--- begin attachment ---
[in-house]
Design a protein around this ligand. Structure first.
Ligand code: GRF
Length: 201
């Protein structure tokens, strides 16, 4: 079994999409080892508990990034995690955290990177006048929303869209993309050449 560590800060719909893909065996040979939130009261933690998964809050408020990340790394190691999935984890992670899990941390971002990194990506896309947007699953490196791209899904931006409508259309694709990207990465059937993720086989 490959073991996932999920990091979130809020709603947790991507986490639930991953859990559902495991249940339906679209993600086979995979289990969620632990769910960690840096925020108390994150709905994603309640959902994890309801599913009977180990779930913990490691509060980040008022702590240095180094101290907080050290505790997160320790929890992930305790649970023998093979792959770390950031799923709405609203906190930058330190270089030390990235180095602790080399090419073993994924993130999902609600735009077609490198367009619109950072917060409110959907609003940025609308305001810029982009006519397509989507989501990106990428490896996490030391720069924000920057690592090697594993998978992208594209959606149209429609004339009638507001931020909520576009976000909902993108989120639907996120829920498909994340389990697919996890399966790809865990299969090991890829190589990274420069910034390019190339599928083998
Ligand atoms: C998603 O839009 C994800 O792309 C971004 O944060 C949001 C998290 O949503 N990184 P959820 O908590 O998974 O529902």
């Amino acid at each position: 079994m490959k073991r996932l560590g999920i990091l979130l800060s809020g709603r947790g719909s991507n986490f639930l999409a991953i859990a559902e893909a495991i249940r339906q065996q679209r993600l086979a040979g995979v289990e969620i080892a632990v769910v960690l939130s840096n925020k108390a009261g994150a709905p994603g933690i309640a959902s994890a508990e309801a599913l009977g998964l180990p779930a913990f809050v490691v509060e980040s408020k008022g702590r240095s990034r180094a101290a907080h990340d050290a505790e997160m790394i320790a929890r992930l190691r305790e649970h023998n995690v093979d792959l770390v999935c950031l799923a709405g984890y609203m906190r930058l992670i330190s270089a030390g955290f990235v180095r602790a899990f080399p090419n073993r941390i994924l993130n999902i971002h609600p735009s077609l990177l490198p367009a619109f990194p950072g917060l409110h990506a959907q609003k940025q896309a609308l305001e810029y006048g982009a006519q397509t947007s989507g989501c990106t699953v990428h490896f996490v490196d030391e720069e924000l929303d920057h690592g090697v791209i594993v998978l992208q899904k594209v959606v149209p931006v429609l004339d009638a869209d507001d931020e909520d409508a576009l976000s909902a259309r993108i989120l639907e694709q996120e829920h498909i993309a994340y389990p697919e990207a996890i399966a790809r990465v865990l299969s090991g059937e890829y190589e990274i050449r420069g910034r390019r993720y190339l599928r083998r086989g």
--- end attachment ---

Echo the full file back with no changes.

[in-house]
Design a protein around this ligand. Structure first.
Ligand code: GRF
Length: 201
């Protein structure tokens, strides 16, 4: 079994999409080892508990990034995690955290990177006048929303869209993309050449 560590800060719909893909065996040979939130009261933690998964809050408020990340790394190691999935984890992670899990941390971002990194990506896309947007699953490196791209899904931006409508259309694709990207990465059937993720086989 490959073991996932999920990091979130809020709603947790991507986490639930991953859990559902495991249940339906679209993600086979995979289990969620632990769910960690840096925020108390994150709905994603309640959902994890309801599913009977180990779930913990490691509060980040008022702590240095180094101290907080050290505790997160320790929890992930305790649970023998093979792959770390950031799923709405609203906190930058330190270089030390990235180095602790080399090419073993994924993130999902609600735009077609490198367009619109950072917060409110959907609003940025609308305001810029982009006519397509989507989501990106990428490896996490030391720069924000920057690592090697594993998978992208594209959606149209429609004339009638507001931020909520576009976000909902993108989120639907996120829920498909994340389990697919996890399966790809865990299969090991890829190589990274420069910034390019190339599928083998
Ligand atoms: C998603 O839009 C994800 O792309 C971004 O944060 C949001 C998290 O949503 N990184 P959820 O908590 O998974 O529902």
């Amino acid at each position: 079994m490959k073991r996932l560590g999920i990091l979130l800060s809020g709603r947790g719909s991507n986490f639930l999409a991953i859990a559902e893909a495991i249940r339906q065996q679209r993600l086979a040979g995979v289990e969620i080892a632990v769910v960690l939130s840096n925020k108390a009261g994150a709905p994603g933690i309640a959902s994890a508990e309801a599913l009977g998964l180990p779930a913990f809050v490691v509060e980040s408020k008022g702590r240095s990034r180094a101290a907080h990340d050290a505790e997160m790394i320790a929890r992930l190691r305790e649970h023998n995690v093979d792959l770390v999935c950031l799923a709405g984890y609203m906190r930058l992670i330190s270089a030390g955290f990235v180095r602790a899990f080399p090419n073993r941390i994924l993130n999902i971002h609600p735009s077609l990177l490198p367009a619109f990194p950072g917060l409110h990506a959907q609003k940025q896309a609308l305001e810029y006048g982009a006519q397509t947007s989507g989501c990106t699953v990428h490896f996490v490196d030391e720069e924000l929303d920057h690592g090697v791209i594993v998978l992208q899904k594209v959606v149209p931006v429609l004339d009638a869209d507001d931020e909520d409508a576009l976000s909902a259309r993108i989120l639907e694709q996120e829920h498909i993309a994340y389990p697919e990207a996890i399966a790809r990465v865990l299969s090991g059937e890829y190589e990274i050449r420069g910034r390019r993720y190339l599928r083998r086989g």